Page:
As a general rule, I’d recommend for you to use components over plugins whenever possible. The reason is simple, you, as a components developer, do not have to deal with the plugin aspect of things beside the registration macro. No plugin name as a ROS parameter, no plugin loader, no exception handling etc. Then from a user perspective it is clearer I believe to launch a specific node, say my_plugin_b_node, rather than launching an interface node given a plugin’s name as a ROS parameter my_node plugin_name:='PluginB'. It also spares the frustration of seeing the node crash or being stall because the plugin is not found or misspelled.
Note that this recommendation does not prevent you from enforcing some common API the same manner it would arise from using plugins. Your components can inherit from a base class of your making which enforce this API. The base class may also implement the ROS interface, abstracting it away, leaving to the derived class a simple virtual doMath(Arg) -like function to define.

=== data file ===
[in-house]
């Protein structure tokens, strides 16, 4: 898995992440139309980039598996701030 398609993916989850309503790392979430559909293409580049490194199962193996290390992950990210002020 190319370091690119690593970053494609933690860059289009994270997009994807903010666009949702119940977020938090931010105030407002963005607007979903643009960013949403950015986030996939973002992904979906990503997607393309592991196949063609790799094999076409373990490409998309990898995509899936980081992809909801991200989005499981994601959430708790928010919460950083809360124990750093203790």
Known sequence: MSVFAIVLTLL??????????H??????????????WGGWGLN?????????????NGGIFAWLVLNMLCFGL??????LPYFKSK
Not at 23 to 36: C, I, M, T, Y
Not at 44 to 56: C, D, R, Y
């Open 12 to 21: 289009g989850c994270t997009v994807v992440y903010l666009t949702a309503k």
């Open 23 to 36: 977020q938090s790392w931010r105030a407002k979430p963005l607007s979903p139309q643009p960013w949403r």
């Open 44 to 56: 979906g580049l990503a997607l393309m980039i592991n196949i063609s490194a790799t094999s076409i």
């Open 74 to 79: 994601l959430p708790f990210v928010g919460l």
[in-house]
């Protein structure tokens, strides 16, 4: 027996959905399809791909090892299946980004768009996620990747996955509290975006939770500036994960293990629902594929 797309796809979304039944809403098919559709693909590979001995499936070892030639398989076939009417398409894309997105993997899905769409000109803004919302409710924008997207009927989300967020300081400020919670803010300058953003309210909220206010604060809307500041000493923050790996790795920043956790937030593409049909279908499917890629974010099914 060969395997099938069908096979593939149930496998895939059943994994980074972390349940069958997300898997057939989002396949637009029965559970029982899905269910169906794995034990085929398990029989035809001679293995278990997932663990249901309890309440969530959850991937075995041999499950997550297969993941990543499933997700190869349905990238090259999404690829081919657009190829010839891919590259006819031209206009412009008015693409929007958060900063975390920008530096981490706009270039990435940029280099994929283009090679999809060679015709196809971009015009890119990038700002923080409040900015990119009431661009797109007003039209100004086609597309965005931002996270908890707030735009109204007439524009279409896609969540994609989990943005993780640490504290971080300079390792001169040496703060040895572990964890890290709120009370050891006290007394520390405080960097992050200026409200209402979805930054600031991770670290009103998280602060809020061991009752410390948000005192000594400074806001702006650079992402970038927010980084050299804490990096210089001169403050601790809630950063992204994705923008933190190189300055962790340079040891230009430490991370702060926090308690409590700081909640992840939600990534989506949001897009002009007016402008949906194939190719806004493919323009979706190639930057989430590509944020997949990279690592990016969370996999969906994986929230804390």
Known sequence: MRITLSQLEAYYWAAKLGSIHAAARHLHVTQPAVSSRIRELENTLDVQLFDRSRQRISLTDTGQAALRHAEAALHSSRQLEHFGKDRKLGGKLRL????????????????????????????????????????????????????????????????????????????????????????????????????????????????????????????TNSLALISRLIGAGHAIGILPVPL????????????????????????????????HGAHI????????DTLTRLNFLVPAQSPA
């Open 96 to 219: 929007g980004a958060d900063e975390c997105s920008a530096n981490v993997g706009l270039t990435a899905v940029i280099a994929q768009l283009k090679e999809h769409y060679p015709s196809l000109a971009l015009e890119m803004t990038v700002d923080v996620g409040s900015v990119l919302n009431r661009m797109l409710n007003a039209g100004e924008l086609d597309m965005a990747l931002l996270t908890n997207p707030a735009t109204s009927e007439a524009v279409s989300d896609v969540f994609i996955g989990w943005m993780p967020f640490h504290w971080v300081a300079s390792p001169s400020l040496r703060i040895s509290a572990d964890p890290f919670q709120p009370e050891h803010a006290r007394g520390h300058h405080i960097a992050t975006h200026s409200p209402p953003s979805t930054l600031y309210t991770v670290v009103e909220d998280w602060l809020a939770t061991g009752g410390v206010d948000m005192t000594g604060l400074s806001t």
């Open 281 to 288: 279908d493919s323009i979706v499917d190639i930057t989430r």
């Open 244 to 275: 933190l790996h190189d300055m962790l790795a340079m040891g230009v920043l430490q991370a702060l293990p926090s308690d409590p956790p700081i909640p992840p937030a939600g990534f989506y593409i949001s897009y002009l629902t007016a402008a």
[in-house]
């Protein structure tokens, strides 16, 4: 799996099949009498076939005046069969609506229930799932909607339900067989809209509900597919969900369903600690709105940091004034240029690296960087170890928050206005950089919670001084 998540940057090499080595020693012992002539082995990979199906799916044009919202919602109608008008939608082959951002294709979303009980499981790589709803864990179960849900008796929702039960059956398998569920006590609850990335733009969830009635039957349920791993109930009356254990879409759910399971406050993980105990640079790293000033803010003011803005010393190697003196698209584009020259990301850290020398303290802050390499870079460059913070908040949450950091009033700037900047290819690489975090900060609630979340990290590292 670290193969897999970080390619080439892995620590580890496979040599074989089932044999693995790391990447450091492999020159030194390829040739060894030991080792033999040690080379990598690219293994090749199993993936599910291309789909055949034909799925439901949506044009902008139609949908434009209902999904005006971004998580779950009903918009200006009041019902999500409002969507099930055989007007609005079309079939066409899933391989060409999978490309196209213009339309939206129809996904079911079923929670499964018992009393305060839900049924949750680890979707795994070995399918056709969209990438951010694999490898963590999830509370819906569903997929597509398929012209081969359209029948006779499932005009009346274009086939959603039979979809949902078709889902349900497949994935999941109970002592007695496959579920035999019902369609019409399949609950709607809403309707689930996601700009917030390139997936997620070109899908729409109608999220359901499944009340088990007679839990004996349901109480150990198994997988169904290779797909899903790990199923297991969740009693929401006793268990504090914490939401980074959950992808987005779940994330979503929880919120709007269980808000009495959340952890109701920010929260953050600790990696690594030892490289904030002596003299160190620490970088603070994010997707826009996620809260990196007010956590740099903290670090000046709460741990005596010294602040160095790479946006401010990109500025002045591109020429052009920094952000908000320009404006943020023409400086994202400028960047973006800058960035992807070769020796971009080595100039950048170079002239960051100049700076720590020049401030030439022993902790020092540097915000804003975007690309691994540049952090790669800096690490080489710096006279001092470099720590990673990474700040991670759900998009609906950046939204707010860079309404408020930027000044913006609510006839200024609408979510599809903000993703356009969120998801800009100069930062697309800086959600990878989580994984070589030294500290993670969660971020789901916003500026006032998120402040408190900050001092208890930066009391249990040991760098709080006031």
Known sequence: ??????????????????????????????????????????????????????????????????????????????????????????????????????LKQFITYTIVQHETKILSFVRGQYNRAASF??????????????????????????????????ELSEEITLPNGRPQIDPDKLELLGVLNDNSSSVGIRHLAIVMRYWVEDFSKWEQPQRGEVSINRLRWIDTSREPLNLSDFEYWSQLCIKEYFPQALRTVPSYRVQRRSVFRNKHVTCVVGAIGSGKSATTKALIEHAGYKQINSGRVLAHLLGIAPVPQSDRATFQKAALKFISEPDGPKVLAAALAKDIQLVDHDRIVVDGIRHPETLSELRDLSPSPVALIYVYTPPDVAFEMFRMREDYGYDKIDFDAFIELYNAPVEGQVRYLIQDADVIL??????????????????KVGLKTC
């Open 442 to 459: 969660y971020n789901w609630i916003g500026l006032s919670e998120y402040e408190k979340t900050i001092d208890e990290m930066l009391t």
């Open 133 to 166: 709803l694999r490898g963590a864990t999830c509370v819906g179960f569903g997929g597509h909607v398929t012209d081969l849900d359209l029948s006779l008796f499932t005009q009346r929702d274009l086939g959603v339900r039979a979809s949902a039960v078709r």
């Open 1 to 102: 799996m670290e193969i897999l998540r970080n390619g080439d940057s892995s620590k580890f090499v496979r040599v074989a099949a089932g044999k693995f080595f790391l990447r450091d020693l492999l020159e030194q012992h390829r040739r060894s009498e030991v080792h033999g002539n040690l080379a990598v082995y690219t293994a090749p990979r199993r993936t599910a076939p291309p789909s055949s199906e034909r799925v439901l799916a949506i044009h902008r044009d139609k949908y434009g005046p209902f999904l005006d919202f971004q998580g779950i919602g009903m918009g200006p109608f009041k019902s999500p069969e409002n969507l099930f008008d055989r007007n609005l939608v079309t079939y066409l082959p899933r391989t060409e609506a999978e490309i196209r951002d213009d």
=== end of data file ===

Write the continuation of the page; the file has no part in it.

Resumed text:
But my stuff is so modular that I’m using several plugins
Can you possibly rethink the design? Can you break it down in several small nodes that communicate through ROS interfaces? I’d bet that some of those intermediate data could be useful somewhere else in your system too.
If not, or if you find yourself with a different use case which does require plugin, you may still declare your node class as a component! Components and plugins are not mutually exclusive. Moreover,
While doing the legwork for this post, I wrote a small ROS 2 package which has no other purpose than being a goto example on how to write a component or a plugin in ROS 2. You may find it on github: demo_plugin_component. This example showcase the use of plugins in conjunction with components, look for one and get both. After compiling, one may run it in either way,
Like a plain node,
$ ros2 run demo_plugin_component talker_node __params:=demo_plugin_component/cfg/params.yaml